First, an announcement: Don’t forget to set your clocks ahead 1 hour on Saturday Night when you go to bed. Failure to do so will result in your arriving at church at the end of the service. Thank you for your consideration.
Tomorrow is Ash Wednesday, the beginning of Lent. On Ash Wednesday, it is traditional to remember how we have been sinful, selfish, and arrogant in our lives and to ask God’s forgiveness. The imposition of ashes is not a mark of pride that shows others how pious we have been, but a humbling moment as we acknowledge our sinfulness and seek reconciliation with God. The scripture verses, without comment are:
Joel 2:1-2, 12-17
Psalm 51: 1-17 (why 18 and 19 are left out is a mystery)
2 Corinthians 5:20b-6:10
Matthew 6:1-6, 16-21 (I will read 6:1-18)
Lent is a season of preparation and reflection as we prepare for the biggest celebration of the Christian year: Easter. It is the remembering of the 40 days Jesus spent fasting in the desert. Lent goes from Ash Wednesday to Holy Saturday (the day before Easter). If you count the days of Lent you will end up with 46 not 40. During Lent we don’t count Sundays since every Sunday is a mini-Easter, a celebration of the resurrection. Every year on the first Sunday in Lent we read the Gospel stories of the temptation of Christ. This Sunday is no different. Our readings follow.
Genesis 2:15-17, 3:1-7 – The verses in chapter two are from the second account of the creation. Here, the man is placed in the Garden at Eden and told not to eat from the tree of the knowledge of good and evil. God says that on that day the man will surely die. The verses that are skipped tell the story of God creating all living creatures to be a companion to the man. Since none are found to be the man’s helper, God creates woman. The verses in chapter 3 tell the story of Woman and Man giving in to the temptation offered by the serpent and eating from that tree. The reading, however, doesn’t complete the story and you should read the rest of the chapter. Oh, by the way, Man and Woman do not die at the time they eat the fruit. The first death recorded is the murder of Abel by Cain in chapter 4. I see a connection. Do you?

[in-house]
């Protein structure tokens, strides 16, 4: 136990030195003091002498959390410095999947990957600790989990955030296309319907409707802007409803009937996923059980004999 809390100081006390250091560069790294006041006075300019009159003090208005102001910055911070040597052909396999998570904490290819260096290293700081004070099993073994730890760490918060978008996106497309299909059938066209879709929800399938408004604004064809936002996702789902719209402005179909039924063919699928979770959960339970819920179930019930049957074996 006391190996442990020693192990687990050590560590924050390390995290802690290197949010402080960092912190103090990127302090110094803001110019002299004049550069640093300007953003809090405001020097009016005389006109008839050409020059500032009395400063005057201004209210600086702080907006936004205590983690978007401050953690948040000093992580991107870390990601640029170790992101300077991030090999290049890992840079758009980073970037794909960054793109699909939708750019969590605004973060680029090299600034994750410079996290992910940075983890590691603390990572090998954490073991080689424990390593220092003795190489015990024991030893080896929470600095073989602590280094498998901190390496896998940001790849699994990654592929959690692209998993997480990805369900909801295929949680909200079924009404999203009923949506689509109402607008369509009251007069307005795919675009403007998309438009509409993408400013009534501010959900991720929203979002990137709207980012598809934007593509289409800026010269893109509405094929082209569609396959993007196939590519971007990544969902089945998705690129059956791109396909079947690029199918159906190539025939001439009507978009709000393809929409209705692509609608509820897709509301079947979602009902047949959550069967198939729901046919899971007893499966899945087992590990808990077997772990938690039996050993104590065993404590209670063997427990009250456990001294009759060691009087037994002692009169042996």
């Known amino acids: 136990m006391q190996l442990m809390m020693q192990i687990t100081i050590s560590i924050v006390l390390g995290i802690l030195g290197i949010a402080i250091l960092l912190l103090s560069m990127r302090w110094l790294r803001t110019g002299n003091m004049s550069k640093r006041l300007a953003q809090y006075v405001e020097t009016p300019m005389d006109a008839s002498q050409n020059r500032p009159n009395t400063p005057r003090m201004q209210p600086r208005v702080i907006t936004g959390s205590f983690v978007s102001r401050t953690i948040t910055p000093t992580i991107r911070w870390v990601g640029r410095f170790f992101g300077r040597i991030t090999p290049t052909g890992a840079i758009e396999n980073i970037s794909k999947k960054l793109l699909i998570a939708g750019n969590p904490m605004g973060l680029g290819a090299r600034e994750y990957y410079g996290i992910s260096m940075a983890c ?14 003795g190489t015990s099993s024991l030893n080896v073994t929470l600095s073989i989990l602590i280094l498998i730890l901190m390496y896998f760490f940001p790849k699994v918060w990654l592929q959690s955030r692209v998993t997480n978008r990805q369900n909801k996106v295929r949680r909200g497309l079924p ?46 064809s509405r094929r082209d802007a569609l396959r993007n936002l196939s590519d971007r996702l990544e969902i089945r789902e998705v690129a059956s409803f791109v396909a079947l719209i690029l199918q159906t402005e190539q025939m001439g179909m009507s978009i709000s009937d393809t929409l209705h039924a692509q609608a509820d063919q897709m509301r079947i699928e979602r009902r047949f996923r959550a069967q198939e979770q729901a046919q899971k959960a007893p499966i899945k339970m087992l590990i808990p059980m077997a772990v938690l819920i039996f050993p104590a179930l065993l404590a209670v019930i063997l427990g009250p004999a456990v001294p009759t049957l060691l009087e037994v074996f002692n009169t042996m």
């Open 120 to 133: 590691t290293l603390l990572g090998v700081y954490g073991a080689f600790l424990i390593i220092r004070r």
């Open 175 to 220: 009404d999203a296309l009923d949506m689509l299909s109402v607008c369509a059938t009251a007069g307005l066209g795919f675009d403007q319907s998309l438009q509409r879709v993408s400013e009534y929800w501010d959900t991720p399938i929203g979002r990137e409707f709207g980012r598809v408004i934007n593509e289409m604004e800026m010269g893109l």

Psalm 32 – The psalmist rejoices in the forgiveness and steadfast love of the Lord for those who confess their sins.
Romans 5:12-19 – Four of the next five Sundays will have readings from Romans, though not in order. Again, why the Lectionary committee left off the final two verses of the chapter escapes me. I may read them in worship. Here Paul compares Adam (and Eve) to Christ. His argument is summed up in verse 18, “Therefore, just as one man’s trespass led to condemnation for all, so one man’s act of righteousness leads to justification and life for all.” This is another of many verses that seem to indicate salvation for all.
Matthew 4:1-11 – After Jesus’ baptism, the Spirit leads him out into the desert. Matthew seems to indicate that after 40 days of fasting the devil began the temptations. Mark and Luke indicate that the temptations occurred throughout the entire 40 days. The three temptations that Matthew and Luke report concern the temptation of body satiation, religious power, and political power. The devil quotes Scripture, thus showing us that scripture can easily be misused. Jesus also quotes scripture to resist and deny the temptation. The main feature of the temptations is Jesus’ denying or not believing the nature of his existence: “If you are the Son of God . . .” the devil repeats with each temptation. We are all tempted in small and great ways each day. How do we resist those temptations? Knowing the Bible is one step in the right direction.
May these reading guide you in your daily walk with God.